I left Berlin for Paris yesterday. There is plenty I could write about my previous week in Berlin, but I want to spend this post describing my journey into Paris.
For the past ten days (and counting) I have been relentlessly learning French. I made a decision to learn French and to commit to fluency in Spanish. Being surrounded by Europeans who speak two, three, even four languages doesn't make me feel inadequate. It makes me want to become more cultured in this sense. That one day I might be able to hold a conversation (or two) with someone in their native language. In any case, I flew out on Thursday morning from Berlin to Paris with a few compulsory phrases under my belt such as:
Pardon me, if you please, do you speak English?
I'm sorry, I do not speak French.
Hello, how are you?
See you later! / Goodbye!
I am tired/happy/sad/angry.
When I arrived at the airport in Paris, I knew I would have to make three transfers to get to my stop. A bus to a train to a metro (subway). When the bus dropped me off at a small train station, I felt a little uneasy. There, the ticket machine wasn't working, and there was no train station employee onsite. No ticket...could I ride the train? I noticed two young people chatting and thought, well, here we go....
"Excuse me, do you speak English?" (Me, in French)
"A little." (man, in English; the standard reply everywhere)
Proceed to them not knowing about the train or the tickets.....until I hear a voice...
"I speak English." Another man, probably in his late 40's, approaches. He was on the bus with me, I recall.
Anyway, the man, whose name I found out later, is Francois, proceeded to accompany me on the train. Me sans ticket. I learned that he had been to the States, that he's a computer engineer, and that he would like to work in the States. We spoke a little in French. He told me how to say things in French, simple things, that I can't necessarily recall right now. "You're welcome," was one. "I am from...." and so forth were the others.
He got off at the train stop with me and tried to purchase tickets for me, but the machine wasn't working. I said that was too generous of him, in any case. He travelled all the way to Gare du Lyon (my train station/metro station stop) with me.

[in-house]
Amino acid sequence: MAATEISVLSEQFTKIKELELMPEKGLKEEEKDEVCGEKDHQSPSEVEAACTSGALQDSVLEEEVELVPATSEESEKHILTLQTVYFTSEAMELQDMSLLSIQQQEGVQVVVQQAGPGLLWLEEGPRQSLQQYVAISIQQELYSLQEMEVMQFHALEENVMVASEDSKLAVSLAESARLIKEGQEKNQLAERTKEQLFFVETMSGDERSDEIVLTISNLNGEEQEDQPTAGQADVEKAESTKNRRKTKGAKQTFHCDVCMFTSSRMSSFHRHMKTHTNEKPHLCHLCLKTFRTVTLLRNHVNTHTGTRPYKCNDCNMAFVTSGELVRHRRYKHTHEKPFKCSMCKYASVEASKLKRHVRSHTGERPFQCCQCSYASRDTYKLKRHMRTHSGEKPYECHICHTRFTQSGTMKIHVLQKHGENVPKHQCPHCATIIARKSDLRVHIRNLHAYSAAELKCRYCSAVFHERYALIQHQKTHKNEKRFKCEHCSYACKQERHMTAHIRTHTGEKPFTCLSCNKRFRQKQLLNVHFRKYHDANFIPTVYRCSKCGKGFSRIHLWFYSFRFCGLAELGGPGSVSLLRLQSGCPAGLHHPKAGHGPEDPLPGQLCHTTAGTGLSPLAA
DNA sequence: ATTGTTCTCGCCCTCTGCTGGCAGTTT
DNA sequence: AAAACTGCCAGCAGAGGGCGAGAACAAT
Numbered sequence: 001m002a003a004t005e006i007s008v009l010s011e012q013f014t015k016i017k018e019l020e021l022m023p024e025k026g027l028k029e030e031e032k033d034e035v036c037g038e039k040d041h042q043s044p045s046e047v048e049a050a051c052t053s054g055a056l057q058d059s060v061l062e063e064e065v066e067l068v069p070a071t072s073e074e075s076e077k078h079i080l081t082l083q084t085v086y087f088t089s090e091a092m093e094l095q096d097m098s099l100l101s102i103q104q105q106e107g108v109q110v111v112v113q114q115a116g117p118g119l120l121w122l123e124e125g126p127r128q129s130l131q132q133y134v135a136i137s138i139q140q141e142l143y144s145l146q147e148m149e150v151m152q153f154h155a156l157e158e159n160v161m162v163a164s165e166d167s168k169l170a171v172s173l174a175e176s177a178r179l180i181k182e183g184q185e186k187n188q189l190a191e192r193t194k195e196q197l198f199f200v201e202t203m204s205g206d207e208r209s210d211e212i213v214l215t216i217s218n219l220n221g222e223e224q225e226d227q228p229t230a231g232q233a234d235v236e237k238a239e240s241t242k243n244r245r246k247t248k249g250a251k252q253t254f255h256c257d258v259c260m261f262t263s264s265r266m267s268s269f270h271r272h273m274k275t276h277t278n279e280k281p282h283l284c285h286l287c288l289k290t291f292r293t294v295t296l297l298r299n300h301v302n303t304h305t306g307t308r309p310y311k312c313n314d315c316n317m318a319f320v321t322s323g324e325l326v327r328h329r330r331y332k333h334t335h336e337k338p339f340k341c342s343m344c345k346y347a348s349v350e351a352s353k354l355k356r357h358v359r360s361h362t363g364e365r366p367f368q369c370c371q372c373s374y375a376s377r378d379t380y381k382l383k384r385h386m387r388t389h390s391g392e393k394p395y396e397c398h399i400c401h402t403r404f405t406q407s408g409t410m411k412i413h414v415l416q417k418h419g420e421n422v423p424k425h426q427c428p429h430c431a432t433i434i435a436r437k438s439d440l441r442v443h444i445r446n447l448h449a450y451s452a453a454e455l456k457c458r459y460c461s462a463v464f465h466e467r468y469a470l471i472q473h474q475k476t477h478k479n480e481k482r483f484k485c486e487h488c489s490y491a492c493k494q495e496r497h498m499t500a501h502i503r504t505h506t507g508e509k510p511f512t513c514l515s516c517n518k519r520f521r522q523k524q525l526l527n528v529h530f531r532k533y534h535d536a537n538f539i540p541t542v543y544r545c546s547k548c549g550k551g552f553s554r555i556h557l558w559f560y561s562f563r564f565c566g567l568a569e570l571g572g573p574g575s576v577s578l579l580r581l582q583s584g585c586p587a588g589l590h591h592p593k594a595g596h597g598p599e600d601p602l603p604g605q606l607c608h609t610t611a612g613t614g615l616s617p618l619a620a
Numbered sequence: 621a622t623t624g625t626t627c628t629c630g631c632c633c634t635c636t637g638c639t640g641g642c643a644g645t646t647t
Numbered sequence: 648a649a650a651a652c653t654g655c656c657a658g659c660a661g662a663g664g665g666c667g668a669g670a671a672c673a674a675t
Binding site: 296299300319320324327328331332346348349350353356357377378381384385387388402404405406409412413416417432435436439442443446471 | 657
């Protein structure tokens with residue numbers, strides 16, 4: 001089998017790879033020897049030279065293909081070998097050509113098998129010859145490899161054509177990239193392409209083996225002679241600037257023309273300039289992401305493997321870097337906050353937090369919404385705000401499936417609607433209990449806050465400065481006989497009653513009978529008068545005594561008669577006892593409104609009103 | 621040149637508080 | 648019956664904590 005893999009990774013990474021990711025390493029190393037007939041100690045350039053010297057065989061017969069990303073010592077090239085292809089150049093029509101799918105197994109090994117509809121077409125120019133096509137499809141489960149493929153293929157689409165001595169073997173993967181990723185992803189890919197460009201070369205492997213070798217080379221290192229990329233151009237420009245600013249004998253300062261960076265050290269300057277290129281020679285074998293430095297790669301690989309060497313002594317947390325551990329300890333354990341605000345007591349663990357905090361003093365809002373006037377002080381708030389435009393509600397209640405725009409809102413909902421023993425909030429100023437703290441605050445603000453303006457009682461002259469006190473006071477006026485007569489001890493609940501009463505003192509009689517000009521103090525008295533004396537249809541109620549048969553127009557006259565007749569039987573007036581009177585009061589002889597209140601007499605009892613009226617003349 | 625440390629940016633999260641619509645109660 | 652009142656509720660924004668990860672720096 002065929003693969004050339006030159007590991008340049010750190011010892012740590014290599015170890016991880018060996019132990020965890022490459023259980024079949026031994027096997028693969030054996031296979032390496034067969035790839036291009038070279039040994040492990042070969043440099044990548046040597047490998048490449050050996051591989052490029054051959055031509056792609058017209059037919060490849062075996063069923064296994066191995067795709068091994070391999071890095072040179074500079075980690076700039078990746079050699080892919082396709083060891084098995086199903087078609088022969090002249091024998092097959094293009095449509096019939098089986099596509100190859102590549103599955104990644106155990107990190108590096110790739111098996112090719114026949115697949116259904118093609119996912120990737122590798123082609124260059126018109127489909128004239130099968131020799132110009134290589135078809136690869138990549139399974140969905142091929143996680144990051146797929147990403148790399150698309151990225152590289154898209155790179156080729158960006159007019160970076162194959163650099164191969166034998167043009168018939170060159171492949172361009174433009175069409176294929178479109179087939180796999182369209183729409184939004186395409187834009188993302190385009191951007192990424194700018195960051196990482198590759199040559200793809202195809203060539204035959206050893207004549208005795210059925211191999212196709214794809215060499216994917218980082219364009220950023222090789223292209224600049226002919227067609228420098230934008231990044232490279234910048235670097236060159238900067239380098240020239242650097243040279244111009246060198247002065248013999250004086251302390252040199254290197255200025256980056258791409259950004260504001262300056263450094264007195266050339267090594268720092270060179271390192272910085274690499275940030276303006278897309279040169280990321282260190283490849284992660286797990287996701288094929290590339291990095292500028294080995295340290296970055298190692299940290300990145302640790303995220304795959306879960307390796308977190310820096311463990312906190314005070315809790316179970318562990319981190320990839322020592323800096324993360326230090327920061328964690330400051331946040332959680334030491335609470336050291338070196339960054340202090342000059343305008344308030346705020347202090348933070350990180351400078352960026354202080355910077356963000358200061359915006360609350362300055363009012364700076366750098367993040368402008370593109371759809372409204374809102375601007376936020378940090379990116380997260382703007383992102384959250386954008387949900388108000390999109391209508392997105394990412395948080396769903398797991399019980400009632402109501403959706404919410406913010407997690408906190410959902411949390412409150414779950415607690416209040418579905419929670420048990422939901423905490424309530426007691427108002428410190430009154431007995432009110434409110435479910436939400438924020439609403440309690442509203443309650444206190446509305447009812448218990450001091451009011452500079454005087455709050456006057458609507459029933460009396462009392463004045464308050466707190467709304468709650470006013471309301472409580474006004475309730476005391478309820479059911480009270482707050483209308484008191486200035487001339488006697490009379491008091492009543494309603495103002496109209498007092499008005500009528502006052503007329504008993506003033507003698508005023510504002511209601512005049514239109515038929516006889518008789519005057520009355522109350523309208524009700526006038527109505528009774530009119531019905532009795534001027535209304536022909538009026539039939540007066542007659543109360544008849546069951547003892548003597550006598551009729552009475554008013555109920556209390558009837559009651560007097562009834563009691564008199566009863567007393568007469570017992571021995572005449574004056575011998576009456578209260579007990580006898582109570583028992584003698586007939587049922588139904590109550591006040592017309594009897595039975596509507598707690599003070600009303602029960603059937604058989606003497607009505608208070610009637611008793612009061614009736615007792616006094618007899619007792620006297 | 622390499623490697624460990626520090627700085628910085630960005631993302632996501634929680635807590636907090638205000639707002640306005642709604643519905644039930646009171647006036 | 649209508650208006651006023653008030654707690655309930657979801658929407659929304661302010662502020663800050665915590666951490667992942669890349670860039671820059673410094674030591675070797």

He told me that he left work early because he had someone coming to his home to do some repair work --- I think we can all relate to that-- the infamous window of time in which some repair person will come and so we must be available for hours during the work day--and his boss had given him permission to go. He had to be home by 1 p.m. and it was nearly half past--he was being so kind. All of this time and assistance, for me?
Of course, the usual suspicions went off in my head. Older man, what does he want? Wants to move to the States, is this a ploy? Offering to purchase tickets for me, again, what does he want? But, I got absolutely no sense that anything was amiss. Plus, it was the afternoon and we were in highly populated areas. I was keenly aware of where we were. And he was so calm, friendly, open.
I feel like it's important to tell you something else about this man.
He is African. He is well-dressed. He is French. I feel like it is important, because I wonder if you've assumed someone white or maybe you aren't picturing anyone at all. I wonder what your idea of a French man is. Or, what if I wrote about a "young, French woman?" France is incredibly diverse and one cannot assume anything at all.
I will admit that I did feel and notice the difference in our skin color. Mostly because of the racial violence in the United States. Mostly because I am always thinking about race / class / gender differences and assumptions and biases. Judgements I make. Conclusions I assign to people based on a variety of factors. I am thinking about these things all of the time.
When we got to the Metro, he finally said it.
"My friends, they think I am crazy. But I like to help people. I know what it is like, traveling in a new place. I want to help because I want to help make a good impression of Paris (pronounced Pa-ree) and the people here." I'm paraphrasing, but this is the essence of what he said. We talked about how there is so much violence everywhere. I said we needed more peace. He nodded. I let go of the tension I was holding in my body. We were human beings, trying to be kind and considerate. I was grateful.
Finally, we exchanged our names and said thank you and nice to meet you and he was off. To wait for the repair person. And I was off to find a locker to store my backpack.
Backpack stored, I now had a few hours to wander the city.
I made my way around St. Germain. I was feeling the pangs of hunger. I had been awake since 4:30 a.m. and it was now around 2 p.m. The pretzel and handful of almonds I had eaten weren't cutting it. And then, I found it. By happenstance, though if I had read about it earlier, I probably would have sought it out just because.